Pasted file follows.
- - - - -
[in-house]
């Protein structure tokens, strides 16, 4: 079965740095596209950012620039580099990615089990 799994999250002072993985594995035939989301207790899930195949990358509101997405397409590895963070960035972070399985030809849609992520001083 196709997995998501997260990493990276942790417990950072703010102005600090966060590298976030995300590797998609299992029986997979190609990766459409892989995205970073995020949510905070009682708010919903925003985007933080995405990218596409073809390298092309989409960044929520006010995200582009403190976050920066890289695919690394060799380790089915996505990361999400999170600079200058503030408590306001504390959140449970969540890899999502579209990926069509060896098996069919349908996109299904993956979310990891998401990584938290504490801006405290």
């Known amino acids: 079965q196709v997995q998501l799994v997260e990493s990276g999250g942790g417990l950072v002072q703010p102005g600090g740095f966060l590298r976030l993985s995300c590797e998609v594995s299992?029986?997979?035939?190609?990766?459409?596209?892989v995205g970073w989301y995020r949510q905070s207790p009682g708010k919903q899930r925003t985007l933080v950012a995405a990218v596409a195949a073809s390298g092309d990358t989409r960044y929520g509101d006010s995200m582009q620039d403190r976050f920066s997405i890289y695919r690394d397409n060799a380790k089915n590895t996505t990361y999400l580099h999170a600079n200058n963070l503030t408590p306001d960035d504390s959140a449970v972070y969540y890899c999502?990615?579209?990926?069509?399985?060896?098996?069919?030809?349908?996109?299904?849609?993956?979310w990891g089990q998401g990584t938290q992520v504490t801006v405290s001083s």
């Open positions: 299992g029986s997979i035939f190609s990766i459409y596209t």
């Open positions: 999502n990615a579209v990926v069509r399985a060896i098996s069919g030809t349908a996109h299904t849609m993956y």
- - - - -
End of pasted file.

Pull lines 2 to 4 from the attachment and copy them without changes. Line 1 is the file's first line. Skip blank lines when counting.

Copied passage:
């Protein structure tokens, strides 16, 4: 079965740095596209950012620039580099990615089990 799994999250002072993985594995035939989301207790899930195949990358509101997405397409590895963070960035972070399985030809849609992520001083 196709997995998501997260990493990276942790417990950072703010102005600090966060590298976030995300590797998609299992029986997979190609990766459409892989995205970073995020949510905070009682708010919903925003985007933080995405990218596409073809390298092309989409960044929520006010995200582009403190976050920066890289695919690394060799380790089915996505990361999400999170600079200058503030408590306001504390959140449970969540890899999502579209990926069509060896098996069919349908996109299904993956979310990891998401990584938290504490801006405290």
């Known amino acids: 079965q196709v997995q998501l799994v997260e990493s990276g999250g942790g417990l950072v002072q703010p102005g600090g740095f966060l590298r976030l993985s995300c590797e998609v594995s299992?029986?997979?035939?190609?990766?459409?596209?892989v995205g970073w989301y995020r949510q905070s207790p009682g708010k919903q899930r925003t985007l933080v950012a995405a990218v596409a195949a073809s390298g092309d990358t989409r960044y929520g509101d006010s995200m582009q620039d403190r976050f920066s997405i890289y695919r690394d397409n060799a380790k089915n590895t996505t990361y999400l580099h999170a600079n200058n963070l503030t408590p306001d960035d504390s959140a449970v972070y969540y890899c999502?990615?579209?990926?069509?399985?060896?098996?069919?030809?349908?996109?299904?849609?993956?979310w990891g089990q998401g990584t938290q992520v504490t801006v405290s001083s």
């Open positions: 299992g029986s997979i035939f190609s990766i459409y596209t």